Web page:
Thursday, September 20, 2012

‘British artiste promoting homosexuality in Uganda’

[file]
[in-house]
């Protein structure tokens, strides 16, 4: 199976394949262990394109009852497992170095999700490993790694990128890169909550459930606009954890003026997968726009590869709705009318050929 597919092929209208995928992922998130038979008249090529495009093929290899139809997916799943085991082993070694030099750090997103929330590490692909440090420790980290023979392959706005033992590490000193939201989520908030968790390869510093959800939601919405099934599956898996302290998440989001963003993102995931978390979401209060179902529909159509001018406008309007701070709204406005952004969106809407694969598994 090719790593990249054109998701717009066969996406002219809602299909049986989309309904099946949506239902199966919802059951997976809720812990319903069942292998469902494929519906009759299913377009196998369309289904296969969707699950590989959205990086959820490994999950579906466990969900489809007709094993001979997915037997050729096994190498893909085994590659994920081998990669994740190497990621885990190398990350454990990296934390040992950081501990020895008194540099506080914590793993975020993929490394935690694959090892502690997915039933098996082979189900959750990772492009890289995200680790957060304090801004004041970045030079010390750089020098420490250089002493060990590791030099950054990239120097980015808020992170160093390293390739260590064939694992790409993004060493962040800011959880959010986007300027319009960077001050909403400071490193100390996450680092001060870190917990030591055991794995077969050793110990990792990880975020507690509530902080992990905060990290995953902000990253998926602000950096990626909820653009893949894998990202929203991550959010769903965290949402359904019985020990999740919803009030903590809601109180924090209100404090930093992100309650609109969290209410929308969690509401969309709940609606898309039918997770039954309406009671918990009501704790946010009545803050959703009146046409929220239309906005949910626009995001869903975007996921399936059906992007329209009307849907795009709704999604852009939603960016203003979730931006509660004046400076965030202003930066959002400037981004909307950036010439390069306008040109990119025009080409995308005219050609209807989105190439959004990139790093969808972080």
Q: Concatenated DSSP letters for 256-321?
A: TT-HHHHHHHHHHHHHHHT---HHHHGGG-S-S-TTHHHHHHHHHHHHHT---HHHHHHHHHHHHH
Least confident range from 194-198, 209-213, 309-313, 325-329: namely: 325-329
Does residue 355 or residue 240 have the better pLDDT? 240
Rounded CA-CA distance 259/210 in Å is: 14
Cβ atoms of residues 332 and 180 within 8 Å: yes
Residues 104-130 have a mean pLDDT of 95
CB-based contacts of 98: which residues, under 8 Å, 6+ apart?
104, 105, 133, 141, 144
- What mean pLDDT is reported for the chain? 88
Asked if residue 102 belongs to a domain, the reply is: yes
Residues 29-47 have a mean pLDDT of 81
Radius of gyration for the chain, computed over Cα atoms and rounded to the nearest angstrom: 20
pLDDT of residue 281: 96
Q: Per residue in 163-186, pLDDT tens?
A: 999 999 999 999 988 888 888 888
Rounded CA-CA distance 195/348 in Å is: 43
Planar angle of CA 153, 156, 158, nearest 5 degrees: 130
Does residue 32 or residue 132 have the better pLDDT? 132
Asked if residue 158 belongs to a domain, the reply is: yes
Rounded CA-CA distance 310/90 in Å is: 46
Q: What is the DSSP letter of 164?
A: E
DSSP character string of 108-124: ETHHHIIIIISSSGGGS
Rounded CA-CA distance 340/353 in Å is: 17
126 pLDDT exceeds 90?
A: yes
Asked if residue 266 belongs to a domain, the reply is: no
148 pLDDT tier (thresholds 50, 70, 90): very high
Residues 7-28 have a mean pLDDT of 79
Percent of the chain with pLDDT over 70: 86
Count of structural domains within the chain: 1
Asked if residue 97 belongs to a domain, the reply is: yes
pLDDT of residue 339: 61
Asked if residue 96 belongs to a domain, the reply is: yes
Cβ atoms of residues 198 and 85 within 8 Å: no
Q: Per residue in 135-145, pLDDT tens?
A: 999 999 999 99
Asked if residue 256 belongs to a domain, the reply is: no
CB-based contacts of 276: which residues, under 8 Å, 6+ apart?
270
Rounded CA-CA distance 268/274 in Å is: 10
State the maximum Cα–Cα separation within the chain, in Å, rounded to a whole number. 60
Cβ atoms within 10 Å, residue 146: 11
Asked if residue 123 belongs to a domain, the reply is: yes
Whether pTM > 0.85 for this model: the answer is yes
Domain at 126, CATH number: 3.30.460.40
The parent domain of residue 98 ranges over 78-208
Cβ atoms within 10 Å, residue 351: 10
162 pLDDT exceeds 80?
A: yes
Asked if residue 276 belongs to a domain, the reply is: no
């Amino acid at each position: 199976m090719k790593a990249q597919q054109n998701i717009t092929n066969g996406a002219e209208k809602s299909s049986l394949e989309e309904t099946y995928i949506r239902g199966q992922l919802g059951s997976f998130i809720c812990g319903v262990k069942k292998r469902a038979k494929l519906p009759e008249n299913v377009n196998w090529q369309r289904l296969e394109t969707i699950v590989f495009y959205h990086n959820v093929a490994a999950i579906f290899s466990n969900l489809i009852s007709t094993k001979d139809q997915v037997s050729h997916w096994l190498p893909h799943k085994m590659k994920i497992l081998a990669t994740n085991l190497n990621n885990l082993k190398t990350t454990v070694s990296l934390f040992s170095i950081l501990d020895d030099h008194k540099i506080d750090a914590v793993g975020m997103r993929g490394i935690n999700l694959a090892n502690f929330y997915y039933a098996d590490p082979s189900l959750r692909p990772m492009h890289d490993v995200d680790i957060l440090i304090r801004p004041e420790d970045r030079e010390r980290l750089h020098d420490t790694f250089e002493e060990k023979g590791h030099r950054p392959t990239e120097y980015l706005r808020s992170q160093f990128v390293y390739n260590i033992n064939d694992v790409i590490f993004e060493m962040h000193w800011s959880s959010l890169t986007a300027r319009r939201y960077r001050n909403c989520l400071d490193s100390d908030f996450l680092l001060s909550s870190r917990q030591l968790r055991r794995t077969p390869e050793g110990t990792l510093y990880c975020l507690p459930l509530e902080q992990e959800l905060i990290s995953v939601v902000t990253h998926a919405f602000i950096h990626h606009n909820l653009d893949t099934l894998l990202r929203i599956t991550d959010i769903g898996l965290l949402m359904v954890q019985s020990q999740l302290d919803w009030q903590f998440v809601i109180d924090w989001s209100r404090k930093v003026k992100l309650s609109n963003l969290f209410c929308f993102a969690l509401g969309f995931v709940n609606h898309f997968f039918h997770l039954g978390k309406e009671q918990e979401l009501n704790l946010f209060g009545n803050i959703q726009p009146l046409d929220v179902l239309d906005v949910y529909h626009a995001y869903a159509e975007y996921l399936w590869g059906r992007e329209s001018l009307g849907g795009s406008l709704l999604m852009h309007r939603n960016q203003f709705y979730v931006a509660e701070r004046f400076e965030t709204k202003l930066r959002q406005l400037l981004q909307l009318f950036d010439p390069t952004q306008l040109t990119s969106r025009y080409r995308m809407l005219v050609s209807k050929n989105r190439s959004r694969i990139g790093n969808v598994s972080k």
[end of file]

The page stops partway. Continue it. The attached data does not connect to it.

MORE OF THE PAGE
The homosexual community in Uganda is crying foul over David Cecil’s arrest, saying it is part of the government’s blatant violation of the rights of homosexuals in Uganda. But members of the public The Observer sampled say the British producer and proprietor of Tilapia Cultural Centre is one of the many foreigners bent on promoting homosexuality in Uganda. “He deserves whatever punishment he gets,” said one man after hearing the David Cecil story. Cecil was released on bail on Monday. Last week, police arrested and charged him with disobeying lawful orders after he staged his play, The River and the Mountain in theatres in Kampala without clearance from the Media Council. The play is critical of the Uganda government and how it has handled homosexuality. Its main character is a young Ugandan businessman who loses his friends and is eventually murdered after revealing he is gay. According to information website Wikipedia, the dramatic comedy was to be staged at the National Theatre but had to relocate after the Media Council, on August 16, provisorily banned its performance in public. Officials accuse Cecil of disobeying the Media Council’s orders by staging performances in Kampala theatres last month. The chief magistrate’s court in Makindye granted him a cash bail of Shs 500,000 and Shs 1m non-cash for each of his three sureties. Cecil will appear again in court on October 8. Giles Muhame, former editor and founder of the defunct Rolling Stone newspaper, which, in 2010, lost a court battle to gay rights activists, said: “The law should take its course. Uganda has its own laws, which must be adhered to. Cecil is not above the law.” With the anti-homosexuality bill tabled by Ndora West MP, David Bahati, in 2009, Uganda has roundly been declared by the international community as homophobic — a label that has not prevented security agencies from barring gatherings of members of the homosexual community, or religious and political leaders from criticising the ‘homosexual agenda’ and its alleged promoters (the West and some NGOs). But critics of the bill say the charges against Cecil are a repression of freedom of expression reminiscent of the colonial era. “This is just a continuation of the intimidation that the government is determined to place on our work . . . It does not matter whether it is in the NGO world or the liberal arts,” said Clare Byarugaba, coordinator of the Uganda Civil Society Coalition on Human Rights and Constitutional Law, an organisation whose members were threatened with a ban for promoting gay rights. While the Media Council insists that the play was obnoxious and painted Ugandan people as violent, Byarugaba says they are optimistic that Cecil will not be found guilty and will not have to face the two-year imprisonment that awaits him if court decides otherwise. “Before he staged the play, we (the coalition) advised him to get lawyers, because we knew the government’s reaction on anything to do with homosexuality,” Byarugaba said. “He sent the script to the Media Council and there was nothing in it to stop it from running. It was not pornographic or anything.” Wikipedia quotes the minister of Ethics, Rev Simon Lokodo, as saying the play “justified the promotion of homosexuality in Uganda.” He added: “We will put pressure on anyone who says this abomination is acceptable.” According to Wikipedia, Cecil is a Ugandan-British theatre producer and the controversial play was written by Beau Hopkins, a British writer in Kampala, directed by Angela Emurwon, and the cast is all-Ugandan.

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